“The woman said that there were many jobs, that I would work in a hairdresser’s shop in Italy and that I would not have to pay anything for the journey because she would entrust me to a friend of hers to protect me, from Nigeria to Libya. She said that I would have to follow his instructions and that everything would go smoothly”.
The day before her departure the woman took Blessing to a hut in a neighbouring village to meet the baba-loa, a man who would perform a voodoo rite calling on the ancient divinities, as he said, a rite which would guarantee that the agreement made with the girl was good.
“They cut off a lock of my hair, and my pubic hair, they made a small cut on my finger to get a drop of my blood”, Blessing recounts, “and then they told me that if I did not respect the agreement I would be killed and all my relatives with me. Only then did I find out that I would have a debt to settle once I arrived in Italy, but no one told me how much this debt would amount to. The only thing I remember about that night was being afraid, and no longer wanting to leave but not having the courage to say so to my mother, because I knew that the money I would be able to earn would help to feed the family”.
The next night Blessing left, with a man and six other girls. This man was the connection man: this is a fundamental role in mafias and in the trafficking of women destined for prostitution, he is the one responsible for escorting girls to Libya and sometimes even to Italy.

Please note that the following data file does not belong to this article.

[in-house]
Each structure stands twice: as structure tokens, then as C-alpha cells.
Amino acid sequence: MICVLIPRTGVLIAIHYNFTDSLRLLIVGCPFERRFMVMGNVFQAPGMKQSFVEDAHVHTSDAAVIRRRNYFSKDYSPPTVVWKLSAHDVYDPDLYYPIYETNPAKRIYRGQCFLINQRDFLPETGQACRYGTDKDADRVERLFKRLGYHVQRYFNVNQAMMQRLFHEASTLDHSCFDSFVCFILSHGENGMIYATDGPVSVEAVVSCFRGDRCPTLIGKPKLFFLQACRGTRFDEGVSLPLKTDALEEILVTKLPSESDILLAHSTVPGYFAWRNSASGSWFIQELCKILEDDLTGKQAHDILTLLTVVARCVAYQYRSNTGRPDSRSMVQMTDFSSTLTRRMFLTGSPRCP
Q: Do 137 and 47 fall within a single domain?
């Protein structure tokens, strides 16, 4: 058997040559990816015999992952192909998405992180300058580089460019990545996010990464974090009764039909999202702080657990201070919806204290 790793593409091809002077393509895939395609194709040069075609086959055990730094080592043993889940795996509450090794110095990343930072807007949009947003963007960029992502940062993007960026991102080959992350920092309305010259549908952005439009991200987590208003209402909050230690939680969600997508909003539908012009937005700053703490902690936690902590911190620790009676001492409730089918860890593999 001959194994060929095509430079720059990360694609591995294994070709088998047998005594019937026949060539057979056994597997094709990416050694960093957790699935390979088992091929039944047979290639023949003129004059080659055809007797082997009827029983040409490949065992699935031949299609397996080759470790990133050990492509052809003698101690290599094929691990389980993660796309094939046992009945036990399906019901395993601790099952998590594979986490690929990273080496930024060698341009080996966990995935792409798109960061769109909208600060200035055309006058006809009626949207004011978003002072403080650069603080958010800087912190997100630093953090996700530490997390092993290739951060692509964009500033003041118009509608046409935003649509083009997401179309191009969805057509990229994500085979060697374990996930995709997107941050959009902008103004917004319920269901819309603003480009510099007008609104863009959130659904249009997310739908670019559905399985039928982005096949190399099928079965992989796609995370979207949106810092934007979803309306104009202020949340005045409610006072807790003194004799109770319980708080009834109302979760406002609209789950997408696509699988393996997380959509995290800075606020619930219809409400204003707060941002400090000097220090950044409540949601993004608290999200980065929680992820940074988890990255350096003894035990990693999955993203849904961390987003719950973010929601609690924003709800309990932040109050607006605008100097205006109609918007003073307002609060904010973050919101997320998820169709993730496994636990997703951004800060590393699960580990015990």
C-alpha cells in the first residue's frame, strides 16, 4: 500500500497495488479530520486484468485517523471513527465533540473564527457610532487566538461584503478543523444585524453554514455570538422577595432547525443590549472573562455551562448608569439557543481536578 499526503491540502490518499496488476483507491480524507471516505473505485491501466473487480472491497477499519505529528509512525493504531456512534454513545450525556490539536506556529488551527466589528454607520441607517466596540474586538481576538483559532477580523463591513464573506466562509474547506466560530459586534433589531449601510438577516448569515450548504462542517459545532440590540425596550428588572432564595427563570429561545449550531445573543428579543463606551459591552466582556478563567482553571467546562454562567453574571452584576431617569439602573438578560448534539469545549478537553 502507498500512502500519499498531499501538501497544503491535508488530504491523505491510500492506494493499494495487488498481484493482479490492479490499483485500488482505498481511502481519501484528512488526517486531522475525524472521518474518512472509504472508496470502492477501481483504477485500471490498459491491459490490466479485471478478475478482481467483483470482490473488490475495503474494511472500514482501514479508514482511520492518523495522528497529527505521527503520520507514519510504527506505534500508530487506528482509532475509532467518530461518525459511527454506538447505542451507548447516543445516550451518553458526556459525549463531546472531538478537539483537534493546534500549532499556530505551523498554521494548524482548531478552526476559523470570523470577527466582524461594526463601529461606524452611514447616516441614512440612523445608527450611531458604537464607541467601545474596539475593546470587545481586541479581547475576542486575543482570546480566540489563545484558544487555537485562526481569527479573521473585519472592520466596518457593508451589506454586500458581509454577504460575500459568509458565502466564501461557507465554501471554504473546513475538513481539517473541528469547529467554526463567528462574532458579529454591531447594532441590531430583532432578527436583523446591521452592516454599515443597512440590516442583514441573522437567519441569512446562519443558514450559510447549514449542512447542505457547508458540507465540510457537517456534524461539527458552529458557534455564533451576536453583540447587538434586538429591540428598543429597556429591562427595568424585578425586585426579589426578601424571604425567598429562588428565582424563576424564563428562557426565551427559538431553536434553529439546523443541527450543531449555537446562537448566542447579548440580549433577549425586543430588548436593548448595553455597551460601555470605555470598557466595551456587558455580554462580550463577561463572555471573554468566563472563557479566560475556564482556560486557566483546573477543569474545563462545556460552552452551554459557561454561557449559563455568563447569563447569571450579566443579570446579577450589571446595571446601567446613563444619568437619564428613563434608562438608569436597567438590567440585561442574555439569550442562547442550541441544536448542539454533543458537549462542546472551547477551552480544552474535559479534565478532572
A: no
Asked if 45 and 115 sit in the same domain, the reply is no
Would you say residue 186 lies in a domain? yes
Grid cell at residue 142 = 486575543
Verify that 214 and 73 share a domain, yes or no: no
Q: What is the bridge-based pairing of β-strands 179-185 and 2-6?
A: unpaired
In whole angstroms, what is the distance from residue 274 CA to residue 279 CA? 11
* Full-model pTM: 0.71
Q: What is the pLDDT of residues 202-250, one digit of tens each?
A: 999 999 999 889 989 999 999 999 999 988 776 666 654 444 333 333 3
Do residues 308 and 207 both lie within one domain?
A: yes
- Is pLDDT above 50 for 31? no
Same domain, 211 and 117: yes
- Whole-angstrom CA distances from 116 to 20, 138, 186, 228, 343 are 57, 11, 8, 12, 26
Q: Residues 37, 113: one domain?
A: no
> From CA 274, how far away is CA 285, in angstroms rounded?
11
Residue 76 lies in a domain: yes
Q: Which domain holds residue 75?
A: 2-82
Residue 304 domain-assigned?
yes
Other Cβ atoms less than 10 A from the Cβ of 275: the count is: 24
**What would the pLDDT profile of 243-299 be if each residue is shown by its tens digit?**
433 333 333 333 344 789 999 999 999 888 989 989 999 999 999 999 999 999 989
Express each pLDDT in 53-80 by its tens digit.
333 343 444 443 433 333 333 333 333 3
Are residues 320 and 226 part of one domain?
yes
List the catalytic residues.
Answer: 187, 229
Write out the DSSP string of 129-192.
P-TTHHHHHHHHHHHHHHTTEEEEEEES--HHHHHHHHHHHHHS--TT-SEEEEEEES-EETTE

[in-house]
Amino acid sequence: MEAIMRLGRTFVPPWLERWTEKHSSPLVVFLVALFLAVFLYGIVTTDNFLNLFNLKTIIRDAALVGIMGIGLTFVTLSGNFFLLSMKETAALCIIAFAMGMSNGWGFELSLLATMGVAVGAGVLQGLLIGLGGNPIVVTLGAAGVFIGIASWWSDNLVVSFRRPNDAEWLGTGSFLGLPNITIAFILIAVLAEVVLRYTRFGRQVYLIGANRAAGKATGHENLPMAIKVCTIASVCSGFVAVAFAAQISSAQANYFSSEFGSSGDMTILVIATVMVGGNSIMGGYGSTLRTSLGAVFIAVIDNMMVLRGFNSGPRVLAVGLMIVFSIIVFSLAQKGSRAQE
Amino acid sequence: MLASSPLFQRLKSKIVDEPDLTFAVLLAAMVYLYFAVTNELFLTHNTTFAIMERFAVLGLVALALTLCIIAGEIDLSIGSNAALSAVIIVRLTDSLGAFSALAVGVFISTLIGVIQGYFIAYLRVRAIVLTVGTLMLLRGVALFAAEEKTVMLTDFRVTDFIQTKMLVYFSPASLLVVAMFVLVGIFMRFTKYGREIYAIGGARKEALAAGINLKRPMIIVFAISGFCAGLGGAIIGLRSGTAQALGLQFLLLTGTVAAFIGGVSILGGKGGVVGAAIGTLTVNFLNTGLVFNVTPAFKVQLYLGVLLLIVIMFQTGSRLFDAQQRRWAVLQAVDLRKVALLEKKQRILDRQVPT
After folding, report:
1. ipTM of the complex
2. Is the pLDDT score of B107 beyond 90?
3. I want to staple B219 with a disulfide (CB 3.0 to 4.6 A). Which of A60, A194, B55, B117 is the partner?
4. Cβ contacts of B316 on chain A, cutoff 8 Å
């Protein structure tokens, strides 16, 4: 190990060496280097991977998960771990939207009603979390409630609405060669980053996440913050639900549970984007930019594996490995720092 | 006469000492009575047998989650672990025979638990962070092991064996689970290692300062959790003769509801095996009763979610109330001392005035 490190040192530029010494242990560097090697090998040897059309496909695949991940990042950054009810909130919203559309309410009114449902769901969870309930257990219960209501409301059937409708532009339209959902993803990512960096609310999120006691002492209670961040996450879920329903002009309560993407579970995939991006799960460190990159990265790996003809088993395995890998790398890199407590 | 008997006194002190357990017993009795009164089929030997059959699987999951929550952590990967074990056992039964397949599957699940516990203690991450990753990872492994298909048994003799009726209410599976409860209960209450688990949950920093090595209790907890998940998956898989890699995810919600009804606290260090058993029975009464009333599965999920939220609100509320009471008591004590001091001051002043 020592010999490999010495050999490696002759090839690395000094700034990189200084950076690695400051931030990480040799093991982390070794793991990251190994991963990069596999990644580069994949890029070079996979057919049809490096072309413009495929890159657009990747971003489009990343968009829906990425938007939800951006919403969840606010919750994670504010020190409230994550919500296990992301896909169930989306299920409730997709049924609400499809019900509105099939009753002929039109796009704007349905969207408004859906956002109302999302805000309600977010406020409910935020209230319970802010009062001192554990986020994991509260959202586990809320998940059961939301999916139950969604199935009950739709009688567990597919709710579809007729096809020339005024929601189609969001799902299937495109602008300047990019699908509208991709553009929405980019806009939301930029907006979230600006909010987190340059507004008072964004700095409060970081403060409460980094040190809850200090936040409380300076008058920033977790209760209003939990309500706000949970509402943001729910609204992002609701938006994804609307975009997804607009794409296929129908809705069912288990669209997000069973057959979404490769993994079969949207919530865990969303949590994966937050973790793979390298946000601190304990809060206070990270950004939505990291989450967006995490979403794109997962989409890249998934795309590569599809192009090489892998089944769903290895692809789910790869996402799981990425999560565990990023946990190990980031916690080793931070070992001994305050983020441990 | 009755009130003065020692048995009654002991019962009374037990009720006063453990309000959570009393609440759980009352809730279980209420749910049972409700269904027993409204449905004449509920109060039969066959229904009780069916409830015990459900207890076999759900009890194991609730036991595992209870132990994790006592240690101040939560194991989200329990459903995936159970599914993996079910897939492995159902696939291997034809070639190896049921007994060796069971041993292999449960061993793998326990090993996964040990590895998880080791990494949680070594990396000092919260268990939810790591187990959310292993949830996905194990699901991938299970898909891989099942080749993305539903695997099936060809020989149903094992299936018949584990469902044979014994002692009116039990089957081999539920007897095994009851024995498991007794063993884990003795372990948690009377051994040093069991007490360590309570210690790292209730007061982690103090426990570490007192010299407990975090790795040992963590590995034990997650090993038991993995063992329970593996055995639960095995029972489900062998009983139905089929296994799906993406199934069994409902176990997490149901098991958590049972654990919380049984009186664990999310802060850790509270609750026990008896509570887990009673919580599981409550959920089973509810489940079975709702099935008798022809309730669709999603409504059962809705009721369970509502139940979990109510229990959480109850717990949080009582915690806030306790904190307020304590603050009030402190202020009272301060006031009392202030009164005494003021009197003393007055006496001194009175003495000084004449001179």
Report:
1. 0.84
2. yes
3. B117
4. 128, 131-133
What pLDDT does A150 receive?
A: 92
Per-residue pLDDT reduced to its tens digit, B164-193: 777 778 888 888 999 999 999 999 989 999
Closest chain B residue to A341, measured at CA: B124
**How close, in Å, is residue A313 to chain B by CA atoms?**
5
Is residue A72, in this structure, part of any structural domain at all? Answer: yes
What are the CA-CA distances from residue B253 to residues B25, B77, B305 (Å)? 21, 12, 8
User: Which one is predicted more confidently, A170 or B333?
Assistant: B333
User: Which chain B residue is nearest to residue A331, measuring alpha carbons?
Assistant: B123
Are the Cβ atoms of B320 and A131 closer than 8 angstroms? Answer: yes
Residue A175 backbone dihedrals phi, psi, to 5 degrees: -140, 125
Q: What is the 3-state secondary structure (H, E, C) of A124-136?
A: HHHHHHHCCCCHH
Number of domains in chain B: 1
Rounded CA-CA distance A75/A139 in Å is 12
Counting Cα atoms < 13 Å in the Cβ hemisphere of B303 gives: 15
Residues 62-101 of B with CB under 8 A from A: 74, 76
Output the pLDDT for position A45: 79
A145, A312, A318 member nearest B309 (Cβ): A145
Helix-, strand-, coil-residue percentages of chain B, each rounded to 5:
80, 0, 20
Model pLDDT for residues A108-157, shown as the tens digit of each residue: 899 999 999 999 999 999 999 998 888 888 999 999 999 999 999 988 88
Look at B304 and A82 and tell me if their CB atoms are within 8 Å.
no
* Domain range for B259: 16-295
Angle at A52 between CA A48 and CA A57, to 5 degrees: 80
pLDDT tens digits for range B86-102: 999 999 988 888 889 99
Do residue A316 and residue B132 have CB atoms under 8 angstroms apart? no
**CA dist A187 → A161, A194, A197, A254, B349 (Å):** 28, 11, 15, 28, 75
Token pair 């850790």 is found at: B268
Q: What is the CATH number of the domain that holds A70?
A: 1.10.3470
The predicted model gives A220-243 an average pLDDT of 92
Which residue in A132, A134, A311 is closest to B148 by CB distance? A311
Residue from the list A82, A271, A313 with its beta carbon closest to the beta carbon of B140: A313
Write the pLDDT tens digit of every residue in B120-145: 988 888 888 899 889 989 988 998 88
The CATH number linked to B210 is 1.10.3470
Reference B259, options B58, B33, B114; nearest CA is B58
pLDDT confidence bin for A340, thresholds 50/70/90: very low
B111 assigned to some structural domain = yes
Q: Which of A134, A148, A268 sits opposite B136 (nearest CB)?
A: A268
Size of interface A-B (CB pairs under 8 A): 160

The girls went first to Kano, then to Sokoto on the border with Niger. There they were given fake passports by a group of traffickers who were already in agreement with the connection man. In these fake passports the girls were all of age.
“The journey through the desert was terrible. I was born in poverty and grew up in destitution but I had never suffered thirst, such a thirst that it made me afraid I would die. We travelled through the desert for six days. Two of the girls with whom I was travelling complained, they were ill, they asked the man who had accompanied us for help and it was from that moment that he began to be aggressive and violent”.
Once they had arrived in Libya the girls were allocated to different places, Blessing and two other young women, from Benin City like her, were taken by night to a house in Tripoli.
Blessing did not leave that house for five consecutive months.
“When I entered that dirty house there was a terrifying smell. It was a smell of bodies, of dirtiness and illness. I didn’t know where I was, I asked for explanations, I told the man who was with us that I wanted to leave, that I wanted to go to Italy or to go home. It was then that the man said to me “now you’ll be here for a while, so you’ll learn to work”.
The work that Blessing had to learn was to sell her body.
And that house was not the house that would have taken her in or given her hospitality in Libya until the departure of the inflatable dinghy or the boat, but a connection house, an intermediate stage in the trafficking of women, the stage of their first experiences of violence, of their first abuse, the first torture of their young bodies.
“A woman, the first madam, came to me. She told me that from that time on I would stay there with other girls and would meet men. Every day”.